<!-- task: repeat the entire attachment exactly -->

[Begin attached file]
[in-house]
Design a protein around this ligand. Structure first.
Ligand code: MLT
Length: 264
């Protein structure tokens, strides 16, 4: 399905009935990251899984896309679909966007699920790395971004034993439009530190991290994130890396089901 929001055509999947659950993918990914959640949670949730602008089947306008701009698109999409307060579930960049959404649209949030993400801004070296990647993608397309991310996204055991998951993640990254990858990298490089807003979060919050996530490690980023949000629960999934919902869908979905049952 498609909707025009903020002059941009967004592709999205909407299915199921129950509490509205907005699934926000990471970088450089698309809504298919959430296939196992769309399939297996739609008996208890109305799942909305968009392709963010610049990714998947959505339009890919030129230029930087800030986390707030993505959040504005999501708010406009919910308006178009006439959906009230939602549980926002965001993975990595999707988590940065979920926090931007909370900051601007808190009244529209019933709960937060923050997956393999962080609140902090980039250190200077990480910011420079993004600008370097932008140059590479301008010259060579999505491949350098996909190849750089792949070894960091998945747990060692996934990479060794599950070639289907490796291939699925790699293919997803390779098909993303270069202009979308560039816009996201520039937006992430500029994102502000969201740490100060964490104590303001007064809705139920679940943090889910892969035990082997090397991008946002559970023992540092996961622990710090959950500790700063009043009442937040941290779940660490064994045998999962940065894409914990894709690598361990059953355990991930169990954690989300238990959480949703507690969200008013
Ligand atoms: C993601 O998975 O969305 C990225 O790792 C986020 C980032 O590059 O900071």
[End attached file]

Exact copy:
[in-house]
Design a protein around this ligand. Structure first.
Ligand code: MLT
Length: 264
């Protein structure tokens, strides 16, 4: 399905009935990251899984896309679909966007699920790395971004034993439009530190991290994130890396089901 929001055509999947659950993918990914959640949670949730602008089947306008701009698109999409307060579930960049959404649209949030993400801004070296990647993608397309991310996204055991998951993640990254990858990298490089807003979060919050996530490690980023949000629960999934919902869908979905049952 498609909707025009903020002059941009967004592709999205909407299915199921129950509490509205907005699934926000990471970088450089698309809504298919959430296939196992769309399939297996739609008996208890109305799942909305968009392709963010610049990714998947959505339009890919030129230029930087800030986390707030993505959040504005999501708010406009919910308006178009006439959906009230939602549980926002965001993975990595999707988590940065979920926090931007909370900051601007808190009244529209019933709960937060923050997956393999962080609140902090980039250190200077990480910011420079993004600008370097932008140059590479301008010259060579999505491949350098996909190849750089792949070894960091998945747990060692996934990479060794599950070639289907490796291939699925790699293919997803390779098909993303270069202009979308560039816009996201520039937006992430500029994102502000969201740490100060964490104590303001007064809705139920679940943090889910892969035990082997090397991008946002559970023992540092996961622990710090959950500790700063009043009442937040941290779940660490064994045998999962940065894409914990894709690598361990059953355990991930169990954690989300238990959480949703507690969200008013
Ligand atoms: C993601 O998975 O969305 C990225 O790792 C986020 C980032 O590059 O900071």